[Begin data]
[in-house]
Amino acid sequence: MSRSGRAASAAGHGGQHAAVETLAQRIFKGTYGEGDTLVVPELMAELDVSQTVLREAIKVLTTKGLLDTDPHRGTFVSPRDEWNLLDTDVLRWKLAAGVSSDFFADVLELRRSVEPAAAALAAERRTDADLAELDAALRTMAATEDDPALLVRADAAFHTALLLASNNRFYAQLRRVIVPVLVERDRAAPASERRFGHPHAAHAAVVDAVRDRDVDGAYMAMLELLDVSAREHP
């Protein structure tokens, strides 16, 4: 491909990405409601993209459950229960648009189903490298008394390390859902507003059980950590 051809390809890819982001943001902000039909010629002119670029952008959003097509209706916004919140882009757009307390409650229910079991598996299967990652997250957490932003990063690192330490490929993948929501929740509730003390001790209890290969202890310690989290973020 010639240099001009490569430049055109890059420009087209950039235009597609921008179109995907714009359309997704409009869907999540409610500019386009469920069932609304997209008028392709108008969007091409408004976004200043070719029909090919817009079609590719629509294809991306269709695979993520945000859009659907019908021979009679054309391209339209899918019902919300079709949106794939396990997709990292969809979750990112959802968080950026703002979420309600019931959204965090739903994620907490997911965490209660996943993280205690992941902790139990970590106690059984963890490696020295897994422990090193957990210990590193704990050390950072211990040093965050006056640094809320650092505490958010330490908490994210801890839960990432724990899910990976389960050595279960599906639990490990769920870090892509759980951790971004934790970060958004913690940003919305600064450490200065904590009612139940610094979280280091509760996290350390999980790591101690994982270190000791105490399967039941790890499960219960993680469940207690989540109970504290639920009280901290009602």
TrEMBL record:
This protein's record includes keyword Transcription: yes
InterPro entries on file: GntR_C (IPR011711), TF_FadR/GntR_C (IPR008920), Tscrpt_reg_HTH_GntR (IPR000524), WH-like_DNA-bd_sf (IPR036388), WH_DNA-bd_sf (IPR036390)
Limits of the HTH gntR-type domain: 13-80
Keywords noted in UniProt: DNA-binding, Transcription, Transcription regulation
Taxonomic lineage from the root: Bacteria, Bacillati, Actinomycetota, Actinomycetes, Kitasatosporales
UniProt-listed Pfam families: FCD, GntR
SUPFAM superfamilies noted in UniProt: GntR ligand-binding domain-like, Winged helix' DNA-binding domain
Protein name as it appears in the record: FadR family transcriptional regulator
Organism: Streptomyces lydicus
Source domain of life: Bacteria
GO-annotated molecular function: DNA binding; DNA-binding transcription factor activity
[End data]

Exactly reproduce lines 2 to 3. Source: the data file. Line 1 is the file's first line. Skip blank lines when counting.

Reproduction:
Amino acid sequence: MSRSGRAASAAGHGGQHAAVETLAQRIFKGTYGEGDTLVVPELMAELDVSQTVLREAIKVLTTKGLLDTDPHRGTFVSPRDEWNLLDTDVLRWKLAAGVSSDFFADVLELRRSVEPAAAALAAERRTDADLAELDAALRTMAATEDDPALLVRADAAFHTALLLASNNRFYAQLRRVIVPVLVERDRAAPASERRFGHPHAAHAAVVDAVRDRDVDGAYMAMLELLDVSAREHP
């Protein structure tokens, strides 16, 4: 491909990405409601993209459950229960648009189903490298008394390390859902507003059980950590 051809390809890819982001943001902000039909010629002119670029952008959003097509209706916004919140882009757009307390409650229910079991598996299967990652997250957490932003990063690192330490490929993948929501929740509730003390001790209890290969202890310690989290973020 010639240099001009490569430049055109890059420009087209950039235009597609921008179109995907714009359309997704409009869907999540409610500019386009469920069932609304997209008028392709108008969007091409408004976004200043070719029909090919817009079609590719629509294809991306269709695979993520945000859009659907019908021979009679054309391209339209899918019902919300079709949106794939396990997709990292969809979750990112959802968080950026703002979420309600019931959204965090739903994620907490997911965490209660996943993280205690992941902790139990970590106690059984963890490696020295897994422990090193957990210990590193704990050390950072211990040093965050006056640094809320650092505490958010330490908490994210801890839960990432724990899910990976389960050595279960599906639990490990769920870090892509759980951790971004934790970060958004913690940003919305600064450490200065904590009612139940610094979280280091509760996290350390999980790591101690994982270190000791105490399967039941790890499960219960993680469940207690989540109970504290639920009280901290009602």